ELLSWORTH — Without the arrival of a large grant or donation, administrators at Ellsworth Free Medical Clinic (EFMC) are worried the facility won’t be able to stay open for the rest of the year.
According to Rita Seger, a physician who volunteers at the nonprofit clinic and serves as president of its board, the organization’s funds could fall into the $15,000 range in the next month or two.
At that point, Seger said, her board would probably close the clinic and advise its 400-plus patients to seek care elsewhere.
If that news gives you déjà vu, it’s because the clinic was in a similar situation last year — when a $25,000 grant from the Maine Community Foundation and two $10,000 donations arrived at the 11th hour and allowed its doors to stay open.
The clinic’s greatest costs are the salaries it pays to a handful of part-time, administrative employees. The physicians and nurses who work there all do so voluntarily. Another sizeable cost is the rent for its space at the Mill Mall.
“When we get a good grant, that’s everything for us,” Seger said. “But when we don’t, we’re pretty hand-to-mouth.”
The lean times come during a greater period of transformation in the American health care industry. The Affordable Care Act (ACA), aka Obamacare, was passed in 2010. In the last enrollment period, almost 75,000 Mainers got onto health insurance plans created under that law.
EFMC serves adults who don’t have health insurance or can’t afford the out-of-pocket expenses — called the deductible — required before their insurance plans kick in.
The clinic’s doctors provide primary care, write prescriptions and screen for some acute illnesses. They steer patients to the cheapest available options for lab work and generic medications. They also help qualifying patients to enroll in ACA-subsidized health plans, among other services.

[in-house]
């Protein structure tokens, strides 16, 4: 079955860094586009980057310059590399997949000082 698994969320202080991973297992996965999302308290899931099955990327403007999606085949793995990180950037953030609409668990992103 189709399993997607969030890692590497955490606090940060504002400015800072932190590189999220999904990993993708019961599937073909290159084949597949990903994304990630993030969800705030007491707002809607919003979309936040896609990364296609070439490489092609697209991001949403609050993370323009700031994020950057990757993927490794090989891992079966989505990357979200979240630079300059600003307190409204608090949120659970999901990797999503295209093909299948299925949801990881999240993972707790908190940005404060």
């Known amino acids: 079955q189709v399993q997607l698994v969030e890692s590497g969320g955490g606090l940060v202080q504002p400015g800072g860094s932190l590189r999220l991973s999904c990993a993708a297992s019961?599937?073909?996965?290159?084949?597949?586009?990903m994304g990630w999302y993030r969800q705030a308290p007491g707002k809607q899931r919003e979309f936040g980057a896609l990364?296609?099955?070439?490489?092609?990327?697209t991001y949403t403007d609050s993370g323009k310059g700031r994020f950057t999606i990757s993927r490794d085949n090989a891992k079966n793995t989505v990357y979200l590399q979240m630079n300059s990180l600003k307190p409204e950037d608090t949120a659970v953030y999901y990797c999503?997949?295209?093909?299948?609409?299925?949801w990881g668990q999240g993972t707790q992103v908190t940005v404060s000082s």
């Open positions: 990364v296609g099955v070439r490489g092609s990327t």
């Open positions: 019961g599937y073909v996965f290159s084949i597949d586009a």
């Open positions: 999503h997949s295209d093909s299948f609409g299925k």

But many of the clinic’s uninsured patients fall into the so-called “coverage gap” that was created when Governor Paul LePage refused to expand the number of individuals who qualify for Medicaid, known here as MaineCare, Seger said.
As originally passed, the ACA required states to allow adults below a certain income level to get on Medicaid, then offer insurance plans to all the rest. But a 2012 decision by the Supreme Court made Medicaid expansion optional for states.
LePage has vetoed several attempts by the state legislature to approve those federal funds, citing costs that would fall to the state and eventually grow. That’s left an estimated 70,000 low-income Mainers without health insurance, as they make too little to qualify for subsidized plans created under the ACA, yet too much to qualify for Medicaid at its pre-expansion levels.
Another free clinic in the area, Peninsula Free Health Services in Blue Hill, serves a similar group of uninsured patients, according to Administrator Pat Saunders. In January, it reopened at a new location at 26 Hinckley Ridge Road after operating at the First Congregational Church of Blue Hill. It’s now open every Monday afternoon from 3 to 6.
Both Saunders — the lone employee at the Blue Hill clinic —and Seger stressed that they’re always looking for volunteer doctors, nurses, assistants and administrators — in addition to grants and donations.
If the needed funds don’t materialize, Seger said, she’d recommend that her clients turn to MCMH for primary care. According to state law, hospitals must provide coverage to patients below a certain income level.
Charlie Therrien, president and chief executive officer at MCMH, said he was aware of the Ellsworth clinic’s tough financial situation. If closure looks likely, he said he’d try to coordinate with health care providers around the area — possibly Blue Hill Memorial Hospital and Mount Desert Island Hospital — to see if they could take any of the new patients.
“Having said that, the majority [of EFMC patients] do come from the Ellsworth area. We’d have to figure out how to absorb them into our system,” Therrien said.
Although financial screenings would be necessary to determine whether patients qualify for free or subsidized care, Therrien added, “We take care of anybody who presents to us.”